This year’s freeze alone was predicted by the OBR to increase purchases of fossil fuels by 450 million litres over the next five years.

In a statement earlier this week, the CCC – a statutory body that advises the government on its climate change targets – said options for reining in the growth in aviation should be “explored further with a view to early action”.

The CCC said: “The government does not include an explicit ambition on ... reductions in the growth of aviation, and policies for managing travel demand have not been developed to match the funding that has been committed.”

Friends of the Earth’s head of policy Mike Childs responded with horror to the Budget package.

“Cutting APD on domestic flights is an astonishing move that completely flies in the face of the climate emergency,” he said. “The chancellor should be making it cheaper for people to travel around the country by train, not carbon-guzzling planes.

“APD for all flights should have been increased, or even better, replaced with a frequent flyers levy, aimed at curbing multiple flights taken by a minority of people each year.

“As the prime minister prepares to host next week’s crucial climate summit, this retrograde step is another illustration that the government’s carbon reduction plans don’t add up.”

Rebecca Newsom, head of politics at Greenpeace UK, said Mr Sunak was “actively making things worse by making it cheaper to fly between UK cities”, while James Thornton, chief executive of campaign group ClientEarth, said the announcement on fuel and domestic flight duties “goes against everything we know about climate change” and warned that the UK had “missed a crucial chance to lead by example”.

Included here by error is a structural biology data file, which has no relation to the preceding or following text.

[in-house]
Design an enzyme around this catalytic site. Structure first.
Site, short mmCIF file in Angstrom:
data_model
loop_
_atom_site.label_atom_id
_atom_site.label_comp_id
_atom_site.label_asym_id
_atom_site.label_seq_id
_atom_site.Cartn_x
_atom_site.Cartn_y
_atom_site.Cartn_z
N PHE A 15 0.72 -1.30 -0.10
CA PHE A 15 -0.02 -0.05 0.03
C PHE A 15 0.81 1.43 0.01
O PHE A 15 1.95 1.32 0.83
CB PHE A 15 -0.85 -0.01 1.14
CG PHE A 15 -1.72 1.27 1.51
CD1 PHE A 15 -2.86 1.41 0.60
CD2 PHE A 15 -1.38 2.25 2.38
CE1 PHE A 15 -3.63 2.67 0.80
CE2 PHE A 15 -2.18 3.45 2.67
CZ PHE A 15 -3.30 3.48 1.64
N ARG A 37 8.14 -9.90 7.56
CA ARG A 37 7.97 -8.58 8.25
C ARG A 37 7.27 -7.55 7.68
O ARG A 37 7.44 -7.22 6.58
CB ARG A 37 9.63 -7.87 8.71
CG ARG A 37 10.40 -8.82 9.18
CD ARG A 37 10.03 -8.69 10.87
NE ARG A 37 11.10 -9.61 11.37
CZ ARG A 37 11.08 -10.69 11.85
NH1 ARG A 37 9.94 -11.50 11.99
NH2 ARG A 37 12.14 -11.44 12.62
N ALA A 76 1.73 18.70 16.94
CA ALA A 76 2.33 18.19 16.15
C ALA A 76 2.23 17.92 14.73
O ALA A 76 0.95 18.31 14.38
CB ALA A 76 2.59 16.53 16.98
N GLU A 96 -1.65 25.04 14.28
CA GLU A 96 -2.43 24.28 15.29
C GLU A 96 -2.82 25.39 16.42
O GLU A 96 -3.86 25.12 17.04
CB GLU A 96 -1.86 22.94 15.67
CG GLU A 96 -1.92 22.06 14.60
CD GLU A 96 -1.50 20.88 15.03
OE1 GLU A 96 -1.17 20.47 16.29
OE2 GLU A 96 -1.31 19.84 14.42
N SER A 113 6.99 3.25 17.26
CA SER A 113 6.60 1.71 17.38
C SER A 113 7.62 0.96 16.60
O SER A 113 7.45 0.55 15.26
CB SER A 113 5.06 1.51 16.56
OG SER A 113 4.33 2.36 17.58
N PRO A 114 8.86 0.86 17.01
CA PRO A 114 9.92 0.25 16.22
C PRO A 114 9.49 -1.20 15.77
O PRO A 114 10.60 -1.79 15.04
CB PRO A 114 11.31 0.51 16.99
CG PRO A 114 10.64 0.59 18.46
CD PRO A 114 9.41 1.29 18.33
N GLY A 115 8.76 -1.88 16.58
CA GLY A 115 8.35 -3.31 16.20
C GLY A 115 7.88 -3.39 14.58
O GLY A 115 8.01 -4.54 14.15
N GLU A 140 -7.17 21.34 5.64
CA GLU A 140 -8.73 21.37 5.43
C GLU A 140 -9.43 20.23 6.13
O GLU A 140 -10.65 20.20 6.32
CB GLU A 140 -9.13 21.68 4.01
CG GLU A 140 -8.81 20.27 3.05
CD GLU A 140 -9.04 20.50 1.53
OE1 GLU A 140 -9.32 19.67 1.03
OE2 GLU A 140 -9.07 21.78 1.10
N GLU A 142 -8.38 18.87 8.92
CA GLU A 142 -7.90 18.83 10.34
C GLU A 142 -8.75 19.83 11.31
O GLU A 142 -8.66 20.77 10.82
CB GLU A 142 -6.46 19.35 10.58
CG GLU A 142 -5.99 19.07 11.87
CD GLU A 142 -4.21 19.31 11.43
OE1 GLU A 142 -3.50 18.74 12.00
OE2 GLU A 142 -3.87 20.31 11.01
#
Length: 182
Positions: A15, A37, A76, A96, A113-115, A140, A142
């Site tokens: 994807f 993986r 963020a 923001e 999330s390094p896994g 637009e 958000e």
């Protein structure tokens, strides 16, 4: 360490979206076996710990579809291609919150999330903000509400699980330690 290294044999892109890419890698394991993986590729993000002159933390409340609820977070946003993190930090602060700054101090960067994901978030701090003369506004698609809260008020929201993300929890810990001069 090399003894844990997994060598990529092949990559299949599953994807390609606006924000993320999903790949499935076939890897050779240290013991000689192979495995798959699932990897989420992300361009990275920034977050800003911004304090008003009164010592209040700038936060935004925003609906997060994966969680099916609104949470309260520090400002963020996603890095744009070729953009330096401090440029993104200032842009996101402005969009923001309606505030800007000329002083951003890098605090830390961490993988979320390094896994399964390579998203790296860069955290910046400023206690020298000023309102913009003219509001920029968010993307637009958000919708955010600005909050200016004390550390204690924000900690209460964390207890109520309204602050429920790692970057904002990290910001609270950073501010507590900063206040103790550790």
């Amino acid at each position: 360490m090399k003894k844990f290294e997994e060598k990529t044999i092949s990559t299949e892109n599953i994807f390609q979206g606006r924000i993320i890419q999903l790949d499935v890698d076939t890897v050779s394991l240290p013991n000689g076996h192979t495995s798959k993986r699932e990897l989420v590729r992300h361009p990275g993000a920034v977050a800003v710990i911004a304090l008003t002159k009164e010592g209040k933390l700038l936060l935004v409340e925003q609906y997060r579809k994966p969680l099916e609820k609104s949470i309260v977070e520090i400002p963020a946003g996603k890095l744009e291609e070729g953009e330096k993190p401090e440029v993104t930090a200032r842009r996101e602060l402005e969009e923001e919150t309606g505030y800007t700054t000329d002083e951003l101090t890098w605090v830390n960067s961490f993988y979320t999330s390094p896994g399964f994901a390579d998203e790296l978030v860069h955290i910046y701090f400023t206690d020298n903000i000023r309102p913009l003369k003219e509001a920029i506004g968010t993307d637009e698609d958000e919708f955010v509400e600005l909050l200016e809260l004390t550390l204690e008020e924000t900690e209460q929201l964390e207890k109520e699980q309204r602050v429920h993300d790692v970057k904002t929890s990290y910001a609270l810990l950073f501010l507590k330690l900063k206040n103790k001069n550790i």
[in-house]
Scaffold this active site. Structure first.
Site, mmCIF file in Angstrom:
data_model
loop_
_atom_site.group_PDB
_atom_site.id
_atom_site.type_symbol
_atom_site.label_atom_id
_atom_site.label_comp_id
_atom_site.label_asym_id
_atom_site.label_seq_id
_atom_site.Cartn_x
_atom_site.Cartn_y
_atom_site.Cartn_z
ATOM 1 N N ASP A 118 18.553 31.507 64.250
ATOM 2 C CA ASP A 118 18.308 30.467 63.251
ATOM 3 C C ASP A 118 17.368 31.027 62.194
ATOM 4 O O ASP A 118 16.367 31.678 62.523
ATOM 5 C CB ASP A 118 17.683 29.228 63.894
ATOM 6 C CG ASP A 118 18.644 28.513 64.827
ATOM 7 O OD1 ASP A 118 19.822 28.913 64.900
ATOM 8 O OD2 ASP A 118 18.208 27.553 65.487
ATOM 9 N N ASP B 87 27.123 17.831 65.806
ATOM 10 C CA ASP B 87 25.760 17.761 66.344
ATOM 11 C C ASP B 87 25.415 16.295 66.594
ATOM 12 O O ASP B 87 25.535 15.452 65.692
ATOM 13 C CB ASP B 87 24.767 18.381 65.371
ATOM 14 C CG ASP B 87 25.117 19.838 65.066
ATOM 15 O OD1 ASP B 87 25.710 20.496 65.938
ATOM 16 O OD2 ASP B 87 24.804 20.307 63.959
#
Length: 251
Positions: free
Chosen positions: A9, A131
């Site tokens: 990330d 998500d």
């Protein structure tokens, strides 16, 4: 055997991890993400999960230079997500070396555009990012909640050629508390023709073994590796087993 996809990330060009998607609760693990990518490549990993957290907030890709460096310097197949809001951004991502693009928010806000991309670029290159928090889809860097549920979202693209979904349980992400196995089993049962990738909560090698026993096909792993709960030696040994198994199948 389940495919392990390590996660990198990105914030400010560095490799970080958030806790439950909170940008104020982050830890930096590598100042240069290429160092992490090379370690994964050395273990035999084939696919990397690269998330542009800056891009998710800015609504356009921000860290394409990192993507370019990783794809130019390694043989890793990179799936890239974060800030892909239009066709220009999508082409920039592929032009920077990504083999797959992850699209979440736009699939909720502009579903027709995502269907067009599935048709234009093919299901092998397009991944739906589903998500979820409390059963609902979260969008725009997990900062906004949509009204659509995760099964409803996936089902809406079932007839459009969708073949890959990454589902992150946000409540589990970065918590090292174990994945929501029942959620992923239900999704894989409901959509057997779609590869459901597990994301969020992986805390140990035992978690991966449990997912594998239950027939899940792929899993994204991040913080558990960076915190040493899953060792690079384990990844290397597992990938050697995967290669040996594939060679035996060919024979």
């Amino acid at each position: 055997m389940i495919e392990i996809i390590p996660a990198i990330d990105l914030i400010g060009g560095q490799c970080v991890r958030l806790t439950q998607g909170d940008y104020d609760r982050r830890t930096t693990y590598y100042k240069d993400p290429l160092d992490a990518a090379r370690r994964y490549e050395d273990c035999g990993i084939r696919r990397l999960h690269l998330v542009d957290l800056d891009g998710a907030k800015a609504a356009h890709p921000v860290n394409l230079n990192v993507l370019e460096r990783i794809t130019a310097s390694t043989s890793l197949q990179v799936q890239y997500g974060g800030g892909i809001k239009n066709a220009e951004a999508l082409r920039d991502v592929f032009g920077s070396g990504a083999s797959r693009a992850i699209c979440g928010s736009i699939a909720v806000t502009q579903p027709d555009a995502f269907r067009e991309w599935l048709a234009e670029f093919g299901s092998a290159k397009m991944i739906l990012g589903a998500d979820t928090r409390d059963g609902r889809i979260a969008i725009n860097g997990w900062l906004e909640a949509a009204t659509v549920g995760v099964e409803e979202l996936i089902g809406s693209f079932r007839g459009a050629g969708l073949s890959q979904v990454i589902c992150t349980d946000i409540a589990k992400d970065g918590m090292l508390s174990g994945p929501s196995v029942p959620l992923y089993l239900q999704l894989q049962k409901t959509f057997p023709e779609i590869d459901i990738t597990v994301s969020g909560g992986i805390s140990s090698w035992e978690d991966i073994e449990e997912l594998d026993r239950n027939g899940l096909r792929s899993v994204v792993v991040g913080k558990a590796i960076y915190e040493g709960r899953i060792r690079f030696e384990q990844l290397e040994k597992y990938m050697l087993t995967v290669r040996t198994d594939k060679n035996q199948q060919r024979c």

Luke Murphy, head of the environmental justice commission at the Institute for Public Policy Research think tank, said Mr Sunak had “used the Budget to extend the age of fossil fuels”.

“Cutting air passenger duty was the most significant new policy mentioned in the Budget speech today, which will have an impact on greenhouse gas emissions – and it will increase them. Rishi Sunak talked for longer about beer duty than our duty to future generations to address the climate and nature crises,” he said.

“The truth is, this climate-void, fossil-fuel-heavy Budget failed to deliver the necessary £30bn of investment needed each year to meet our climate and nature targets.”

And Sam Alvis, head of green renewal at Green Alliance, said the chancellor’s approach to climate was “increasingly difficult to understand”.

“Just days away from a vital climate conference championed by the prime minister, Rishi Sunak barely mentions net zero and encourages people to fly around the UK rather than take the train. The measure on air passenger duty will even cost the Treasury money rather than boost its revenue,” he said.

Ed Miliband, Labour’s shadow energy and climate secretary, said: “Another Budget from the chancellor which failed on both the cost of living crisis and the climate crisis.

“No green recovery, no plan to save families £400 on bills, no plan for green steel. Working people will pay the price of Tory climate delay.”